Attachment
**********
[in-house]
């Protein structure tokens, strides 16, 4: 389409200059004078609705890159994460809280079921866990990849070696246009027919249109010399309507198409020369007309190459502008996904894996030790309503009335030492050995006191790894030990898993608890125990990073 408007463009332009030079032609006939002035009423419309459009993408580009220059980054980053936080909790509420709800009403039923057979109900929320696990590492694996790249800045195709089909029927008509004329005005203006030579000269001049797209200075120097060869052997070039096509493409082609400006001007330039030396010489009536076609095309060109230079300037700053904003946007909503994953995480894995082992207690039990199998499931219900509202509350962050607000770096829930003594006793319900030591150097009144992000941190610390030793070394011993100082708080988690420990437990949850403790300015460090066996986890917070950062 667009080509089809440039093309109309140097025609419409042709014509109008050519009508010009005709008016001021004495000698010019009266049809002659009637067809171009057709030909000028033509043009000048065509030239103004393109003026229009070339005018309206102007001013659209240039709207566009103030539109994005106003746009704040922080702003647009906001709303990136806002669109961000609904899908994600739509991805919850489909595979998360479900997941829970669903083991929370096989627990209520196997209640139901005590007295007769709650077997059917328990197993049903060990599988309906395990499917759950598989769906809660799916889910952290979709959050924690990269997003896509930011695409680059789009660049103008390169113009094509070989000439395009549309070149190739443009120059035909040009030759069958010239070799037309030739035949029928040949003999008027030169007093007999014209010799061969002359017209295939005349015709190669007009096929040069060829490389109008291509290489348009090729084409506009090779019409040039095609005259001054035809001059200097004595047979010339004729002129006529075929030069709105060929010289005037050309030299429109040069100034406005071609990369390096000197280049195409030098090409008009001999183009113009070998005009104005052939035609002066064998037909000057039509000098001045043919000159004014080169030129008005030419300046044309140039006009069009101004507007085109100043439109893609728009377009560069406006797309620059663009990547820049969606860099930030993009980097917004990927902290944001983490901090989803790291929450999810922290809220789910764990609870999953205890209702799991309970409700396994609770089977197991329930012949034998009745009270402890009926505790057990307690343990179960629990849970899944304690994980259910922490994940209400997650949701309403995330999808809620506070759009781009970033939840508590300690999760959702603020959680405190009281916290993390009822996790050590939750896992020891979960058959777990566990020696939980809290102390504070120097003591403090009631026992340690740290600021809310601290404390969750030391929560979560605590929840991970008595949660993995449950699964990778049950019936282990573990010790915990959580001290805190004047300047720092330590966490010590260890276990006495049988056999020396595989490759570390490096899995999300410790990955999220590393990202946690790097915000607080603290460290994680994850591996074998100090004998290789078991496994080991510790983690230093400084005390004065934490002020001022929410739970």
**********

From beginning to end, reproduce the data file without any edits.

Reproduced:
[in-house]
């Protein structure tokens, strides 16, 4: 389409200059004078609705890159994460809280079921866990990849070696246009027919249109010399309507198409020369007309190459502008996904894996030790309503009335030492050995006191790894030990898993608890125990990073 408007463009332009030079032609006939002035009423419309459009993408580009220059980054980053936080909790509420709800009403039923057979109900929320696990590492694996790249800045195709089909029927008509004329005005203006030579000269001049797209200075120097060869052997070039096509493409082609400006001007330039030396010489009536076609095309060109230079300037700053904003946007909503994953995480894995082992207690039990199998499931219900509202509350962050607000770096829930003594006793319900030591150097009144992000941190610390030793070394011993100082708080988690420990437990949850403790300015460090066996986890917070950062 667009080509089809440039093309109309140097025609419409042709014509109008050519009508010009005709008016001021004495000698010019009266049809002659009637067809171009057709030909000028033509043009000048065509030239103004393109003026229009070339005018309206102007001013659209240039709207566009103030539109994005106003746009704040922080702003647009906001709303990136806002669109961000609904899908994600739509991805919850489909595979998360479900997941829970669903083991929370096989627990209520196997209640139901005590007295007769709650077997059917328990197993049903060990599988309906395990499917759950598989769906809660799916889910952290979709959050924690990269997003896509930011695409680059789009660049103008390169113009094509070989000439395009549309070149190739443009120059035909040009030759069958010239070799037309030739035949029928040949003999008027030169007093007999014209010799061969002359017209295939005349015709190669007009096929040069060829490389109008291509290489348009090729084409506009090779019409040039095609005259001054035809001059200097004595047979010339004729002129006529075929030069709105060929010289005037050309030299429109040069100034406005071609990369390096000197280049195409030098090409008009001999183009113009070998005009104005052939035609002066064998037909000057039509000098001045043919000159004014080169030129008005030419300046044309140039006009069009101004507007085109100043439109893609728009377009560069406006797309620059663009990547820049969606860099930030993009980097917004990927902290944001983490901090989803790291929450999810922290809220789910764990609870999953205890209702799991309970409700396994609770089977197991329930012949034998009745009270402890009926505790057990307690343990179960629990849970899944304690994980259910922490994940209400997650949701309403995330999808809620506070759009781009970033939840508590300690999760959702603020959680405190009281916290993390009822996790050590939750896992020891979960058959777990566990020696939980809290102390504070120097003591403090009631026992340690740290600021809310601290404390969750030391929560979560605590929840991970008595949660993995449950699964990778049950019936282990573990010790915990959580001290805190004047300047720092330590966490010590260890276990006495049988056999020396595989490759570390490096899995999300410790990955999220590393990202946690790097915000607080603290460290994680994850591996074998100090004998290789078991496994080991510790983690230093400084005390004065934490002020001022929410739970």